• The storyteller explicitly intrudes on the user experience through freeze frames, narration, subtitles, and annotations; or, the storyteller covertly empowers the viewer’s gaze to follow a specific character’s journey
  • The storyteller controls an expository dialogue with the viewer
  • Glen Keane’s “Duet” (link)
  • Yoni Bloch’s “Pretend to be Happy” (link)


  • Any form of traditional media, be it narrative or documentary content
  • You do not exist in the world, nor can you influence the story
  • You watch dramatic or comedic events unfold in a procedural manner
  • The storyteller retains complete control of the action and information presented to the viewer
  • Gabo Arora, Barry Pousman, and Chris Milk’s “Clouds Over Sidra” (link)


  • You exist in the world as a character or a story device, and have influence over your “own” story
  • The world acknowledges and addresses your existence
  • You interact with the world and are bound by its laws and underlying story
  • Your character has the ability to go off on a tangent, but the story will reset, adapt, or evolve based upon certain parameters. These parameters can vary according to the storyteller’s intended structure (rigid vs. free form)
  • Samsung and Ustwo’s “Land’s End” (link)
  • David Jones and Mike Dailly’s “Grand Theft Auto” (link)


  • New form of story
  • You exist in the world as a character or a story device, but the story does not ask anything of you, or permit you to inform the course of events
  • You function as a silent bystander, or pure-recipient of action
  • For example, imagine you’re a juror, but lack free will and narrative voice. Sidney Lumet’s film 12 Angry Men comes to mind as interesting material for adaptation
  • Ilya Naishuller’s “Hardcore” (link)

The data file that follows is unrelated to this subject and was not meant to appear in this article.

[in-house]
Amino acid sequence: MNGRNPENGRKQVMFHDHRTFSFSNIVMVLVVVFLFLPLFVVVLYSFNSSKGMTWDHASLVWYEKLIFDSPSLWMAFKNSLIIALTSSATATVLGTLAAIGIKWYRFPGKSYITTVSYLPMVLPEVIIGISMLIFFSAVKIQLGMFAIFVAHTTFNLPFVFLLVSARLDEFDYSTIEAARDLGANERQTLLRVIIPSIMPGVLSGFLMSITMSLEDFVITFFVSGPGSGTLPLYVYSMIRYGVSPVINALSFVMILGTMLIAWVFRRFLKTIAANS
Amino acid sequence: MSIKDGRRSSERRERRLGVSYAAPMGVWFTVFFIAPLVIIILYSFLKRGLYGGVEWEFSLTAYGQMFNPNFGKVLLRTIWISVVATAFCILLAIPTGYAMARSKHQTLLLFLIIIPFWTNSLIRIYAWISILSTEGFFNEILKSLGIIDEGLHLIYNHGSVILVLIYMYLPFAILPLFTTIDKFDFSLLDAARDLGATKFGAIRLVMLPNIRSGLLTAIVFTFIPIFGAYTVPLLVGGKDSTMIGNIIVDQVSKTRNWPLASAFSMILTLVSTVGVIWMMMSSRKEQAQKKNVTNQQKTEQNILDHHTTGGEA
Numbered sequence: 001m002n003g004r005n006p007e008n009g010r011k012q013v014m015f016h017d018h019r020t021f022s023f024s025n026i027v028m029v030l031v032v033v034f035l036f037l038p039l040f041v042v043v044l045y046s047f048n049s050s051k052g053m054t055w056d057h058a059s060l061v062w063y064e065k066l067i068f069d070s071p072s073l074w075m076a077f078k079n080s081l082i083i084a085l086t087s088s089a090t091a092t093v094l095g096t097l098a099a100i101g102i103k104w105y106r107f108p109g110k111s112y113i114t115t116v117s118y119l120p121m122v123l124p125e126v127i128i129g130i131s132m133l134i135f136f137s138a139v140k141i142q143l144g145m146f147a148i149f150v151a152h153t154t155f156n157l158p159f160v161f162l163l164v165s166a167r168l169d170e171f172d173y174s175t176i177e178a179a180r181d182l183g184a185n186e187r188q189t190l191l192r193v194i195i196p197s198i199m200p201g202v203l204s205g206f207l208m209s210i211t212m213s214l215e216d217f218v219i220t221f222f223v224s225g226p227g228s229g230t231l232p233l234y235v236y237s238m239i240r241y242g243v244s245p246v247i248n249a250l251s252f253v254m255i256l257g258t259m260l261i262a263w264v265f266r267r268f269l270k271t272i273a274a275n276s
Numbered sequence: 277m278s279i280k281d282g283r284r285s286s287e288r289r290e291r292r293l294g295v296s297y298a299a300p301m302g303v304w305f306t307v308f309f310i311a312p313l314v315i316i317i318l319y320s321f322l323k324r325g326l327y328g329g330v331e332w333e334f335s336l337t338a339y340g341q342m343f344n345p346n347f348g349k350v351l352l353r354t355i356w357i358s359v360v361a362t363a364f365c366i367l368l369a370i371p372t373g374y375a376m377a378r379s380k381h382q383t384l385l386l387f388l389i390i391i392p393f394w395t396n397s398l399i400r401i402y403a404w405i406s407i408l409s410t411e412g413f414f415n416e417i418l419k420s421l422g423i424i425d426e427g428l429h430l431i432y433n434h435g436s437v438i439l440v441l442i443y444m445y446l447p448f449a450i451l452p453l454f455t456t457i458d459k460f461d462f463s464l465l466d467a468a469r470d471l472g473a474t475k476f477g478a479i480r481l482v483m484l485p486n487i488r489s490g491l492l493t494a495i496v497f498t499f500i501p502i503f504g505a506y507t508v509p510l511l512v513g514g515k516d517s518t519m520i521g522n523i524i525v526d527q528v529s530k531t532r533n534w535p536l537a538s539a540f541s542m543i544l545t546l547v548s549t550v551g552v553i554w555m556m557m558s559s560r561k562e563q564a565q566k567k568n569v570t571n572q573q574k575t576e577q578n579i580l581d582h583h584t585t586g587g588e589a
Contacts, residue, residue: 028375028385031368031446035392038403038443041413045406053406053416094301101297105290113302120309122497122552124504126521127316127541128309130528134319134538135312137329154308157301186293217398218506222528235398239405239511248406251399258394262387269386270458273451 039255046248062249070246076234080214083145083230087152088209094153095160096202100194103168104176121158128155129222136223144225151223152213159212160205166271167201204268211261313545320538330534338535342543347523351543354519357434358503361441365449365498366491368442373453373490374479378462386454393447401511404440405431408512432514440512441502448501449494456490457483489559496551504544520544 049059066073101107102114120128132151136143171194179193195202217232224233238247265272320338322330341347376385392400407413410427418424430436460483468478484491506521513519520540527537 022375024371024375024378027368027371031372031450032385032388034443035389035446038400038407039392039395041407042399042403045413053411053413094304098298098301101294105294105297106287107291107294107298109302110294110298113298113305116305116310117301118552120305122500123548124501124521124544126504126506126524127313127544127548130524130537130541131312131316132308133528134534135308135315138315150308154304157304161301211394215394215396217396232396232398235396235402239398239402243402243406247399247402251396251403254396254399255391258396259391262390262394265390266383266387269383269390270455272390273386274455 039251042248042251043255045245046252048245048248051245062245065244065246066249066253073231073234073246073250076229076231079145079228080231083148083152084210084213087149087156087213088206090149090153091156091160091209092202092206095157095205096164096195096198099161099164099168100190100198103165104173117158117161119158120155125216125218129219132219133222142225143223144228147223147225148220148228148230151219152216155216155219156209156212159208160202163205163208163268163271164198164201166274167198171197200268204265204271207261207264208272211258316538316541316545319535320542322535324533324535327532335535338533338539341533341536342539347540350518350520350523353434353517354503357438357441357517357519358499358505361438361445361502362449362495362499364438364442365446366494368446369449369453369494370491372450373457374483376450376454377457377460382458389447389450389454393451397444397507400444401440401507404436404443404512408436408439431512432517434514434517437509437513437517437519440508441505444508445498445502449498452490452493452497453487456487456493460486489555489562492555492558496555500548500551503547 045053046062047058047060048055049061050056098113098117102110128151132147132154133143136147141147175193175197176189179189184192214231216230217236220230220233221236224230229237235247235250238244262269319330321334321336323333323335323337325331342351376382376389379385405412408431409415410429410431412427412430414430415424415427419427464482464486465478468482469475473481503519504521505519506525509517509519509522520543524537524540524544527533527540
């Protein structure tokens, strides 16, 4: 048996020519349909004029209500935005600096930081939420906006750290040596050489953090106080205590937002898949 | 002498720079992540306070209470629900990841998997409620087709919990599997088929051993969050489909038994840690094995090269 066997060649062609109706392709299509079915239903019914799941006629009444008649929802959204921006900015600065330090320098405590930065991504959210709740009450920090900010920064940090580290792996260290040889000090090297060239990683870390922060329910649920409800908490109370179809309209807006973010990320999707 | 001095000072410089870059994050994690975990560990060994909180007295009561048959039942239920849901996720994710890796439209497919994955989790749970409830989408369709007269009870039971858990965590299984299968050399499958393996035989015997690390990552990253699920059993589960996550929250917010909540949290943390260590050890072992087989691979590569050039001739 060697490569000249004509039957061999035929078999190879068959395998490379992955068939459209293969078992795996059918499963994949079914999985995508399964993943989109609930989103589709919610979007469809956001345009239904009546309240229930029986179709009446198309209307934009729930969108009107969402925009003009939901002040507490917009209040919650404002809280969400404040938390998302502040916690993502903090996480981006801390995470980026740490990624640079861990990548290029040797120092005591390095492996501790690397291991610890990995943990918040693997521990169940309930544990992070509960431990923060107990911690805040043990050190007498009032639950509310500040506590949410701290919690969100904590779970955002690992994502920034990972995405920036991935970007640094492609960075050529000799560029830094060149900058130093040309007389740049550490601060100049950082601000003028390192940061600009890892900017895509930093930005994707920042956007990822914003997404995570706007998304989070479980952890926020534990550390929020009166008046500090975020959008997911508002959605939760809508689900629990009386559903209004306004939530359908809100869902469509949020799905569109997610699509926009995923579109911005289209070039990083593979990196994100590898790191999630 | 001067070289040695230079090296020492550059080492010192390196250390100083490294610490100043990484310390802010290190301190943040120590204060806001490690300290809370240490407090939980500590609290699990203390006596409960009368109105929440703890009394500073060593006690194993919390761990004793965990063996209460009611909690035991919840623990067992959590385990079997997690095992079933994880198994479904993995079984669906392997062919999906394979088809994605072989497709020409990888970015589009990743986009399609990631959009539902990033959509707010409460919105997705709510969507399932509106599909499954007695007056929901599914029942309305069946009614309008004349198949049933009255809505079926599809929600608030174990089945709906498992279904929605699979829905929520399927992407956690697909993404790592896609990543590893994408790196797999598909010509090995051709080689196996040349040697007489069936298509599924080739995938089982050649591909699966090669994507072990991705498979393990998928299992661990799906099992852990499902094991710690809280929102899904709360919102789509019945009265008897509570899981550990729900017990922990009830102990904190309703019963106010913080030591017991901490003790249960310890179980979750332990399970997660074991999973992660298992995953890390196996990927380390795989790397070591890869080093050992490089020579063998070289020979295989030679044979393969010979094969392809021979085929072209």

Once storytellers existentially define their audience’s relationship to their content, they focus on the fundamental ethics and dramatic arc of their story. Their creative choices ultimately provide intrinsic meaning to the content, which can be individually inferred by the viewer’s perception.

360 video and virtual reality push the viewer into a symbiotic relationship with the story, providing a sense of agency and perspective that deviates from a century of cinematic consumption. In either the proximity to the characters and story, or the influence over the story, the viewer of the future will be required to engage with the content with unprecedented emotional connection and commitment. This heightened exchange between storyteller and consumer necessitates further exploration and refinement, fueling ideation and creation of content, be it user-generated or studio-produced.

The 360 video and virtual reality creators are wildly inspired to prospect, discover, and question the language of storytelling. This is the analog age, where early developments in story will transform the novelty of the virtual experience into authentic adoption. Consumers will then actively seek out the medium for elevated content, paving the path for creators to shape their definition of story in 360 video and VR. Virtual reality’s inherent grandeur is invention in story; a digression of theatre, not onscreen, but within screen.